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Publication numberUS3783227 A
Publication typeGrant
Publication dateJan 1, 1974
Filing dateApr 15, 1971
Priority dateApr 15, 1971
Publication numberUS 3783227 A, US 3783227A, US-A-3783227, US3783227 A, US3783227A
InventorsAitken M
Original AssigneeAitken M
Export CitationBiBTeX, EndNote, RefMan
External Links: USPTO, USPTO Assignment, Espacenet
Fully energized plasma jet
US 3783227 A
Abstract
Apparatus and method for generating a more efficient, fully energized plasma are disclosed. The gas is introduced into an enclosed channel where it is subjected to an electromagnetic field. The field is adjusted to energize the gas close to its ionization potential. The energized gas is then passed through a nozzle and into and through a high voltage electrical arc where it is converted to a plasma. In another embodiment, the gas passing through the nozzle is first subjected to a high voltage electrical field where it is further energized prior to being subjected to an electric arc and thus converted to a plasma.
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United States Patent 1 [111 3,783,227 Aitken Jan. 1, 1974 FULLY ENERGIZED PLASMA JET Primary ExaminerC. L. Albritton Assistant ExaminerGale R. Peterson [76] lnvemor' :22 :13: g fgf g Att0rneyBrumbaugh, Graves, Donohue & Raymond [22] Filed: Apr. 15, 1971 Appl. No.: 134,315

POWER SOURCE 5 7 ABSTRACT Apparatus and method for generating a more efficient, fully energized plasma are disclosed. The gas is introduced into an enclosed channel where it is subjected to an electromagnetic field. The field is adjusted to energize the gas lose to its ionization potential. The energized gas is then passed through a nozzle and into and through a high voltage electrical are where it is converted to a plasma. In another embodiment, the gas passing through the nozzle is first subjected to a high voltage electrical field where it is further energized prior to being subjected to an electric arc and thus converted to a plasma.

24 Claims, 4 Drawing Figures COOLING LIQUID POWER SOURCE GAS SHEUIBF 4 PATENTEDJAH 1 I974 POWER SOURCE COOLING LIQUID INVENTOR MICHAEL D. AITKEN hi5 ATTORNEYS.

PATENTEDJAH 1 1974 3783.227

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F =Q l 314m Z6 Z6 22 INVENTOR;

GAS MICHAEL D. AITKEN h is ATTORNEYS.

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PATENIEDJAH 1 m4 3783.227 saw u m a POWER SOURCE COOLING LIQUID POWER SOURCE I NVE/YTOR. Z2 T MICHAEL D. AITKEN his ATTORNEYS.

FULLY ENERGIZED PLASMA JET BACKGROUND OF THE INVENTION A plasma is an ionized gas containing an approximately equal number of positive and negative free charges (positive ions and electrons). It is generated by energizing a gas until the bond between an atom and an electron is broken. The free electrons collide with one another, with ions, and with neutral atoms. These collisions generate radiant energy and raise the temperature of the gas into the range of 1,000" to 20,000C. In some applications, temperatures in the millions of degrees are achieved.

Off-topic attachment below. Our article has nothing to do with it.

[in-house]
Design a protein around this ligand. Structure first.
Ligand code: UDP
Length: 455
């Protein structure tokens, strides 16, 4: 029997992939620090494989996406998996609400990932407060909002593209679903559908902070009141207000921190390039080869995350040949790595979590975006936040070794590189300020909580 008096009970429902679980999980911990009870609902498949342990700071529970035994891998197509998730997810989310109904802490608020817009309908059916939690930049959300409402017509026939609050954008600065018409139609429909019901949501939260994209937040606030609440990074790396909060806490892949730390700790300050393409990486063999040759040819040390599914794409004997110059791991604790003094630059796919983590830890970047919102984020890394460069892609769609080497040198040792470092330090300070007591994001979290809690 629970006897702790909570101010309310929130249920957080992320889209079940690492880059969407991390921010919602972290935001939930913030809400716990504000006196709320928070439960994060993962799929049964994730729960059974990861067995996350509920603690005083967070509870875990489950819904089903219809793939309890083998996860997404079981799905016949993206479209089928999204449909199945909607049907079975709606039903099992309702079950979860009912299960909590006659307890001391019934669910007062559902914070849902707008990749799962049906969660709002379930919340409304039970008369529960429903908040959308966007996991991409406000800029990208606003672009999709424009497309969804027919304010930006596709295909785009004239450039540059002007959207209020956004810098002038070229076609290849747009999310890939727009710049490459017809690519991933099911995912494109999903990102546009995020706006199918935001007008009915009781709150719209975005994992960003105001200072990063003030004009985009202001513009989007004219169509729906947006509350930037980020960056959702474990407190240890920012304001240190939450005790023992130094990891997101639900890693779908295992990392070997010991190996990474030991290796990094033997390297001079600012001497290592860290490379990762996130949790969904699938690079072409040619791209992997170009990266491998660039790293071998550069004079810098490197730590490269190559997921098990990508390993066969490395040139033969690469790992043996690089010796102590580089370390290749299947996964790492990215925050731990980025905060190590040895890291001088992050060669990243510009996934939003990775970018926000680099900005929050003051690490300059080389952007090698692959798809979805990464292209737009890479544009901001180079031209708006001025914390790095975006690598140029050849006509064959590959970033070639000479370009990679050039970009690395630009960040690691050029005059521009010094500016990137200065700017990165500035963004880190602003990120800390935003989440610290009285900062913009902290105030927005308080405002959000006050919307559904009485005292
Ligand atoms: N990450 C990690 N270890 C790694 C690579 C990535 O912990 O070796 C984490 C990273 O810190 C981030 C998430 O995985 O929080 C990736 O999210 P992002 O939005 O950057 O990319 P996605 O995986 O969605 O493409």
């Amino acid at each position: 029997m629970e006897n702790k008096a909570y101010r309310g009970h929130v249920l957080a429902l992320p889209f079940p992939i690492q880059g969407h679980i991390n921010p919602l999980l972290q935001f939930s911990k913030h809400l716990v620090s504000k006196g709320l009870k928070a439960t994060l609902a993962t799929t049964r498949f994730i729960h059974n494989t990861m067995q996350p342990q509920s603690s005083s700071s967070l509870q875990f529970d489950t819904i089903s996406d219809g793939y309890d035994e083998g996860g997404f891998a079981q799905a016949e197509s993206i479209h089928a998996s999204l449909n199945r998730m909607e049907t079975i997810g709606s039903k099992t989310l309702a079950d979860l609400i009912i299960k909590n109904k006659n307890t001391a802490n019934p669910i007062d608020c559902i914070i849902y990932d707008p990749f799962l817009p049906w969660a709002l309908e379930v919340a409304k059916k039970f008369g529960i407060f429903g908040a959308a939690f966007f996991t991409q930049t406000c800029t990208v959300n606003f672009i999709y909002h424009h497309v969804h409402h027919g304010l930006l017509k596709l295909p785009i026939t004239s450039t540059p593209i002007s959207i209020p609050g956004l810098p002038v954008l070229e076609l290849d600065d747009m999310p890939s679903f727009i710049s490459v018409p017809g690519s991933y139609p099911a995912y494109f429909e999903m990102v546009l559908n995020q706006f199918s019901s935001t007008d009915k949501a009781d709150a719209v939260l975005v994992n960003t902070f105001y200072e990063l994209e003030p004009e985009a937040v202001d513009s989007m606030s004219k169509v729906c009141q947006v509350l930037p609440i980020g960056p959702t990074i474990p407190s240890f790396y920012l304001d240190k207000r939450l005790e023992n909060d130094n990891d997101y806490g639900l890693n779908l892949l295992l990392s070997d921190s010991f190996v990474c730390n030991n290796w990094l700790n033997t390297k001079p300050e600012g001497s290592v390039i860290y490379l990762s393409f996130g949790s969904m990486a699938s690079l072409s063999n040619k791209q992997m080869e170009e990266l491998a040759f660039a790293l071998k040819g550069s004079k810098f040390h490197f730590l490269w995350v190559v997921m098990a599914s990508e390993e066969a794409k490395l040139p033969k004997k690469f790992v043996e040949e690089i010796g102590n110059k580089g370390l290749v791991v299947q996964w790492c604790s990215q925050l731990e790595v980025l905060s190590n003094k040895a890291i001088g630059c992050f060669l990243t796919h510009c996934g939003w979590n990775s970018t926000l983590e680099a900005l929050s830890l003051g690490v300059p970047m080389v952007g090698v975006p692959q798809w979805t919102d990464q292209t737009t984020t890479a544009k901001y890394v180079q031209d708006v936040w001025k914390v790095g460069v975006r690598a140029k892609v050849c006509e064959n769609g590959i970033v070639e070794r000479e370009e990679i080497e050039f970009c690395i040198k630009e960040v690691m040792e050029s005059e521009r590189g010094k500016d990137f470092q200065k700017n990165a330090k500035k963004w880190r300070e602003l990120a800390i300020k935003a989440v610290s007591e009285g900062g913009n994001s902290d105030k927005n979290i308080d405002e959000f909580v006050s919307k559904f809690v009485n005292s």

The energy and high temperatures produced by plasmas have caused them to be applied to many various uses, such as for electromagnetic propulsion engines, spray coating systems, thermionic convertors, torches, and the like.

A specialized application of a plasma comprises its use in plasma jets and plasma torches. These devices and systems are commercially used for materialcoating, cutting, drilling, welding, and the like. These devices and systems, however, have the disadvantages that they consume large amounts of gas and are relatively inefficient. Plasma arc drills, for example, typically have an electrical efficiency of only 70 percent and consume gas at the rate of 7,000 standard liters per hour; Maurer, Novel Drilling Techniques (Pergamon Press 1968). Also, the rate of cutting and drilling by plasma are devices is significantly lower than conventional mechanical techniques. For long term operation, in particular, these disadvantages are substantial.

SUMMARY OF THE INVENTION The present invention overcomes many of the practical disadvantages of plasma apparatus as it provides a more efficient system and apparatus for producing and using a plasma. The gas is introduced into an activation chamber where it is subjected to an electromagnetic field and excited to a high energy level close to its ionization potential. The gas then is passed through a nozzle and flowed through an electric are maintained between a plurality of electrodes whereby the gas is ionized, ignited, and converted to a plasma. The electromagnetic excitation utilizes the nuclear magnetic resonance of the gas and achieves maximum use of the energy of the gas.

In another embodiment, a high voltage electric field is maintained across a series of electrodes positioned in the flow stream between the nozzle and the electric arc whereby the gas is further energized prior to being converted to a plasma.

BRIEF DESCRIPTION OF THE DRAWINGS In the drawings:

FIG. 1 illustrates a plasma apparatus in accordance with the present invention;

FIG. 2 is a partial longitudinal section of the apparatus shown in FIG. 1;